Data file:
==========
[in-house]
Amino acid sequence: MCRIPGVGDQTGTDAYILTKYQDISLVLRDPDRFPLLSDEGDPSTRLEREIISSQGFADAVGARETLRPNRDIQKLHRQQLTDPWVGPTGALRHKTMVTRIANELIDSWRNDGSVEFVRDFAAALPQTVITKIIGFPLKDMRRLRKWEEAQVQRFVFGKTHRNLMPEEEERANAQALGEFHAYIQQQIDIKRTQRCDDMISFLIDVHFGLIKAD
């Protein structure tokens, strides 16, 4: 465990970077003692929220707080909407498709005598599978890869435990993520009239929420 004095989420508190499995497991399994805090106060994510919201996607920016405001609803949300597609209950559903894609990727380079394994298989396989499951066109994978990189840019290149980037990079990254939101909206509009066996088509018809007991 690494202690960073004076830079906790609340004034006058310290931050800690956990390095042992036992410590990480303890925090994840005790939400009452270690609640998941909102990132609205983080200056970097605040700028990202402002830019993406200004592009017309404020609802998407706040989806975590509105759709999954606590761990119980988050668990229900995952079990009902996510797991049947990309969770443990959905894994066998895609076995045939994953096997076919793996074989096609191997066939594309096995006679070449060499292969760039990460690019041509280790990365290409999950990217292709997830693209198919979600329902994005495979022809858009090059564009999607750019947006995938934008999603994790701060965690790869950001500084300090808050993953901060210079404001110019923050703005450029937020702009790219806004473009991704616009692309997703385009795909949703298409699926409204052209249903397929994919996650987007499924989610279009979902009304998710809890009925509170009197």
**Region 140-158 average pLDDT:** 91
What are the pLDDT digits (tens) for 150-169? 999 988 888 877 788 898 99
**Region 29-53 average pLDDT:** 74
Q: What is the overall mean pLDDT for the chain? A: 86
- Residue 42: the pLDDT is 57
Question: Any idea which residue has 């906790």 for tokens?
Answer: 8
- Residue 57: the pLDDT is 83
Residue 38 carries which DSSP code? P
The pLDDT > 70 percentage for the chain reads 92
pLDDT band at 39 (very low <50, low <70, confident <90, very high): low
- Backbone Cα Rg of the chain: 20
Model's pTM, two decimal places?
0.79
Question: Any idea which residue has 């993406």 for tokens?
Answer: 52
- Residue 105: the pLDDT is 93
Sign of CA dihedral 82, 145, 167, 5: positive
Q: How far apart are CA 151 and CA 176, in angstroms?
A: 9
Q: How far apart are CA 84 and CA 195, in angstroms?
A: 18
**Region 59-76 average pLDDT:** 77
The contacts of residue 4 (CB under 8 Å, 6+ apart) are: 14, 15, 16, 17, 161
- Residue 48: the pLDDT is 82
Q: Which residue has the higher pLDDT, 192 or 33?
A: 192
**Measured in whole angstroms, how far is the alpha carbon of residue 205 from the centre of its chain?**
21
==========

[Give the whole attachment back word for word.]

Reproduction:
[in-house]
Amino acid sequence: MCRIPGVGDQTGTDAYILTKYQDISLVLRDPDRFPLLSDEGDPSTRLEREIISSQGFADAVGARETLRPNRDIQKLHRQQLTDPWVGPTGALRHKTMVTRIANELIDSWRNDGSVEFVRDFAAALPQTVITKIIGFPLKDMRRLRKWEEAQVQRFVFGKTHRNLMPEEEERANAQALGEFHAYIQQQIDIKRTQRCDDMISFLIDVHFGLIKAD
């Protein structure tokens, strides 16, 4: 465990970077003692929220707080909407498709005598599978890869435990993520009239929420 004095989420508190499995497991399994805090106060994510919201996607920016405001609803949300597609209950559903894609990727380079394994298989396989499951066109994978990189840019290149980037990079990254939101909206509009066996088509018809007991 690494202690960073004076830079906790609340004034006058310290931050800690956990390095042992036992410590990480303890925090994840005790939400009452270690609640998941909102990132609205983080200056970097605040700028990202402002830019993406200004592009017309404020609802998407706040989806975590509105759709999954606590761990119980988050668990229900995952079990009902996510797991049947990309969770443990959905894994066998895609076995045939994953096997076919793996074989096609191997066939594309096995006679070449060499292969760039990460690019041509280790990365290409999950990217292709997830693209198919979600329902994005495979022809858009090059564009999607750019947006995938934008999603994790701060965690790869950001500084300090808050993953901060210079404001110019923050703005450029937020702009790219806004473009991704616009692309997703385009795909949703298409699926409204052209249903397929994919996650987007499924989610279009979902009304998710809890009925509170009197």
**Region 140-158 average pLDDT:** 91
What are the pLDDT digits (tens) for 150-169? 999 988 888 877 788 898 99
**Region 29-53 average pLDDT:** 74
Q: What is the overall mean pLDDT for the chain? A: 86
- Residue 42: the pLDDT is 57
Question: Any idea which residue has 């906790």 for tokens?
Answer: 8
- Residue 57: the pLDDT is 83
Residue 38 carries which DSSP code? P
The pLDDT > 70 percentage for the chain reads 92
pLDDT band at 39 (very low <50, low <70, confident <90, very high): low
- Backbone Cα Rg of the chain: 20
Model's pTM, two decimal places?
0.79
Question: Any idea which residue has 């993406």 for tokens?
Answer: 52
- Residue 105: the pLDDT is 93
Sign of CA dihedral 82, 145, 167, 5: positive
Q: How far apart are CA 151 and CA 176, in angstroms?
A: 9
Q: How far apart are CA 84 and CA 195, in angstroms?
A: 18
**Region 59-76 average pLDDT:** 77
The contacts of residue 4 (CB under 8 Å, 6+ apart) are: 14, 15, 16, 17, 161
- Residue 48: the pLDDT is 82
Q: Which residue has the higher pLDDT, 192 or 33?
A: 192
**Measured in whole angstroms, how far is the alpha carbon of residue 205 from the centre of its chain?**
21